Magus of Stonewylde by Kit Berry
Sylvie is dying. A victim of crippling allergies, poisoned by the pollution and chemicals of modern life, Sylvie is trapped in a hospital bed while her mother and doctors watch her life slipping away. But one of them offers her a chance. There’s an alternative community – Stonewylde – hidden away behind high boundary walls in a corner of Dorset. If their leader, the charismatic Magus, would let Sylvie visit then perhaps the clean air and green lifestyle may restore her vitality. Or at least give her some measure of peace before she dies. It’s a chance, and when Sylvie and her mother take it, they find themselves in a haven of tranquillity and beauty. But it’s not all idyllic. The Magus sends a moody, secretive Village boy to work in their garden as a punishment. He warns them to stay away from him – he’s rebellious and in deep trouble. But Sylvie is curious about Yul and, as their forbidden friendship grows, she sees that all is not quite as it seems at Stonewylde. Why was she told to keep away from Yul – and why are she and her mother so drawn to the Magus? Is the crone on the hill really a powerful wise-woman, or just a crazed old hag bent on destroying the peace with her wild prophecies? And what exactly is the magical secret at the heart of this seemingly perfect community?
Magus of Stonewylde is the first book in Kit Berry’s Stonewylde series which was originally self-published, but has now become so successful that Gollancz have bought the rights and published new revised editions. After meeting Kit when she came to do a signing in Waterstone’s in Cheltenham, where I work, I knew I had to buy this book. The new covers are beautiful and definitely caught my eye, but what appealed to me most was the fact that the whole premise of the Stonewylde books sounded rather unique to today’s YA genre. I have to admit, I was a little dubious as to whether or not it would be my ‘cup of tea’ but I needn’t have feared because I soon became utterly engrossed in the world that Kit Berry has created.
Stonewylde is certainly an intriguing place. It’s undoubtedly beautiful, peaceful and rural, a place where people can live as a community and not only take from the earth but give back to it as well. The Stonewylde community follow the old Pagan religion although the word ‘Pagan’ is never actually used. It’s a place where people worship the earth and live in harmony with nature. I know this book will and has already attracted many Pagan believers, but I have to say that even though I’m not Pagan myself, I can certainly see the appeal with a place like Stonewylde, and there’s no reason why these beliefs intertwined with the story should put anyone off from reading it. However, things are not quite as peaceful as they seem. Magus, the head of the community keeps a very watchful eye on those around him and his beliefs often come into conflict with Sylvie’s, who has just moved from the city.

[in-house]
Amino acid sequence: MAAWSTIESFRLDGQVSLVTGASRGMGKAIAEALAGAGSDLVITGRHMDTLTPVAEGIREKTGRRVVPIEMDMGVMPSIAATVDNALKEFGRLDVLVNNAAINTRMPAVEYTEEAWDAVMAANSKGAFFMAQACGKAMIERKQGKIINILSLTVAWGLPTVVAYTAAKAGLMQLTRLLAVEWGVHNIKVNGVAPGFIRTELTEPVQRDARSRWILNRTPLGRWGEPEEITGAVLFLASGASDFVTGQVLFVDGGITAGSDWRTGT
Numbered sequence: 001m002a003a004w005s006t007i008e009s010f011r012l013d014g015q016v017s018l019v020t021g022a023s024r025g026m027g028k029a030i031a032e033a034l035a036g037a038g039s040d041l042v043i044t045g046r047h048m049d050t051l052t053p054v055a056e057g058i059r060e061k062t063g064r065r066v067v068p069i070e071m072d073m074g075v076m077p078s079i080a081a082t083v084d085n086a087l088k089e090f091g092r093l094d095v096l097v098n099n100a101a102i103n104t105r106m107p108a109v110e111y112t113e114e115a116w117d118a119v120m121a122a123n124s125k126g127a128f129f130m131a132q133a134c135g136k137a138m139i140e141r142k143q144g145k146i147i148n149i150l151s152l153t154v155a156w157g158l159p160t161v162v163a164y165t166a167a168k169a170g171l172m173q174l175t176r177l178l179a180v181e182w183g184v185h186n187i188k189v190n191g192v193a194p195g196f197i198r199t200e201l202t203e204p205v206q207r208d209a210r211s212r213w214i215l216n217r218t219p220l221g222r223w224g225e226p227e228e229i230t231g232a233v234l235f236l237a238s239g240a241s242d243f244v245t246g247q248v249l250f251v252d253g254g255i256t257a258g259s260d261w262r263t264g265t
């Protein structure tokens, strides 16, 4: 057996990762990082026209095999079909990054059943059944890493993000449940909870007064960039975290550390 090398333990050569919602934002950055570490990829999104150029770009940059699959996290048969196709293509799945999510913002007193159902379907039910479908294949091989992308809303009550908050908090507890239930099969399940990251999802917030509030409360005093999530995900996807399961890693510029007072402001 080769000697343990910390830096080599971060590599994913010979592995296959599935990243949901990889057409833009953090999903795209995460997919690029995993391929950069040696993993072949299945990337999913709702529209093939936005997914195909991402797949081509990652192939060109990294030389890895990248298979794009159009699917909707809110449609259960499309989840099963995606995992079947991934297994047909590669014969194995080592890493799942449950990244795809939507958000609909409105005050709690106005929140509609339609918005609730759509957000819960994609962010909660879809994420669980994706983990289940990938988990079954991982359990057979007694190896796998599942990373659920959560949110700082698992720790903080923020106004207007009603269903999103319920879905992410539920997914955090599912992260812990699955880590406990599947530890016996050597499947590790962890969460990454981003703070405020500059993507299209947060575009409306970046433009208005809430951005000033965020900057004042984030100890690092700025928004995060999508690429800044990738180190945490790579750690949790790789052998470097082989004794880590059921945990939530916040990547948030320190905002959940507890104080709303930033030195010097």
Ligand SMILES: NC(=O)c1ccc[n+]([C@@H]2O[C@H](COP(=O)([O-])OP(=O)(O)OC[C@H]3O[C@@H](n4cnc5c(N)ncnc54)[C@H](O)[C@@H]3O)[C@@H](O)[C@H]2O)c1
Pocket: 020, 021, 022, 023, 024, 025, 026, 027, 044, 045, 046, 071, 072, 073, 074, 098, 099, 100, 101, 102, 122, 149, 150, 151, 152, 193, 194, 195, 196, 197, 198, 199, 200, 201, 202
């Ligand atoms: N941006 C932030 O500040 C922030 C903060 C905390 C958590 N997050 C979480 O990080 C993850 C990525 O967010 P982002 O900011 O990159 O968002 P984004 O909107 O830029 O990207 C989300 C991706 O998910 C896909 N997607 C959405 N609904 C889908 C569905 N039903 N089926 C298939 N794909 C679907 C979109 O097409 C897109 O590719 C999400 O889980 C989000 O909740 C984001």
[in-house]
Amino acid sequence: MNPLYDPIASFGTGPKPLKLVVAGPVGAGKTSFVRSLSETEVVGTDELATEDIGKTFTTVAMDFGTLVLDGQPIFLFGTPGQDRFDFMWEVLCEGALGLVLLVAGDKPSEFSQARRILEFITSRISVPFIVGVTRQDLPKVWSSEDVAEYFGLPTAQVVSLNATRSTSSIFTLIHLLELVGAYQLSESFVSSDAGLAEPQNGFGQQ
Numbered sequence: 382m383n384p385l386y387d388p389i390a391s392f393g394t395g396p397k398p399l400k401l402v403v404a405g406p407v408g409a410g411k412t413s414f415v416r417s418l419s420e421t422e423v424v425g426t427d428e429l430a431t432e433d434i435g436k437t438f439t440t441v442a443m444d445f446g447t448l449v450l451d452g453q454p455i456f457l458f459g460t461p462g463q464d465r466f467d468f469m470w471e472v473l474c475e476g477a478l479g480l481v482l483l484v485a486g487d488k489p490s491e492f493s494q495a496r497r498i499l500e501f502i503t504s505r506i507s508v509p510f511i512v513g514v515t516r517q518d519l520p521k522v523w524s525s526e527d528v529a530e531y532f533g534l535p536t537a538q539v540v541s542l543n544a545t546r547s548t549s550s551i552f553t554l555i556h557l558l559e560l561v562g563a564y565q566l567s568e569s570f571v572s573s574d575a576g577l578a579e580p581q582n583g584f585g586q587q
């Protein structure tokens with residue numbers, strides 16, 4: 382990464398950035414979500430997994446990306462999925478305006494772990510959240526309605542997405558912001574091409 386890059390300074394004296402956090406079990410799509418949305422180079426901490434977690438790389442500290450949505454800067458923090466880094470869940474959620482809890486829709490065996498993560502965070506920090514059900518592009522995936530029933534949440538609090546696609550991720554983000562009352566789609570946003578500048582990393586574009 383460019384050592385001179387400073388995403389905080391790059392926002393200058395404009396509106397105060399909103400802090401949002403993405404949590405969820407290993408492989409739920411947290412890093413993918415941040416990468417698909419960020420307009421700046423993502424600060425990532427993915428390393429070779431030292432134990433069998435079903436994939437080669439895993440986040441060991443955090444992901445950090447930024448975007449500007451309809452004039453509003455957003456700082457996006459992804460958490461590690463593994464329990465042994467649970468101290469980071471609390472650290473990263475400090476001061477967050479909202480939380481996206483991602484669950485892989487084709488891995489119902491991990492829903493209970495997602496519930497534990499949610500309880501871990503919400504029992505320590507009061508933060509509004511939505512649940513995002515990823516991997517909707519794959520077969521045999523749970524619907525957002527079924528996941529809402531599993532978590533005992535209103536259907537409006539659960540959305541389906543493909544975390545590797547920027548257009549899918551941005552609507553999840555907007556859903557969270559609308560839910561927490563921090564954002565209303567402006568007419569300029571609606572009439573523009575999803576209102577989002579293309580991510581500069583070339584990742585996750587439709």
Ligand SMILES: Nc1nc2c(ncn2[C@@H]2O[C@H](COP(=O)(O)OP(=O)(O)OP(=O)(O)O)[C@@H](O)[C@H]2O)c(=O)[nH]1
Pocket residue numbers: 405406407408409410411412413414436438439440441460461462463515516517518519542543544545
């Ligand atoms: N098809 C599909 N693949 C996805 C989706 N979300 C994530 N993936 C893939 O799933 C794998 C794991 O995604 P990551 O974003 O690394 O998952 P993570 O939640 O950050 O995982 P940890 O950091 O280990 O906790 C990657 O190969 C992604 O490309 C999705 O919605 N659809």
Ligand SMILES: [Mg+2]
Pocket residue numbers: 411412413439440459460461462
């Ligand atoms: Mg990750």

It’s obvious from the beginning that there is something more sinister going on in Stonewylde, particularly surrounding the character of Magus. He has put a lot into Stonewylde to make it the community it is, and he will let nothing destroy what he has worked so hard to build. Sylvie is a very innocent and at times naïve girl, and it takes her a while to understand exactly what Magus is doing, especially with her mother, who has fallen quite hopelessly in love with Magus. But it is when Sylvie is banned from seeing young Yul that she really begins to question her life at Stonewylde. I loved the character of Yul perhaps most of all. His struggling relationship with his father, who beats him night after night, is hard to read about and it’s hard not to feel Yul’s pain and the torment he is going through, with no one to turn to. He takes the beatings only in the hope that his father will leave his mother and siblings alone. Yul’s life is a sad one, and the only ray of hope he has is Sylvie, the very person he is not allowed to see. But when an old prophecy comes to light, Sylvie and Yul realise they must fight Magus together, not only for themselves, but for the whole community.
Magus of Stonewylde is a wonderful page-turner of a book that will keep you wanting more. I adored the characters and the Stonewylde community itself is so intriguing that I know I will be buying the second book in this series. Berry’s language is lovely, and her descriptions of this rural place are what make this book such a pleasure to read. It’s clear that Berry has a love of nature and wildlife and this really does shine through in every page, and this book couldn’t have worked nearly half as well without Berry’s knowledge and passion. I can’t wait to get the next book (which has an even more stunning cover), and see what will become of Yul and Sylvie as they seek to bring Magus down. I highly recommend this series to anyone who is looking for something a little bit different amongst all the run-of-the-mill dark fantasy books. This book may not have vampires or werewolves, even better, it will give you an insight into just how powerful mere humans can be.
Magus of Stonewylde is out now, published by Gollancz. Thanks to Kit Berry for being so lovely when I met her, and for signing my book!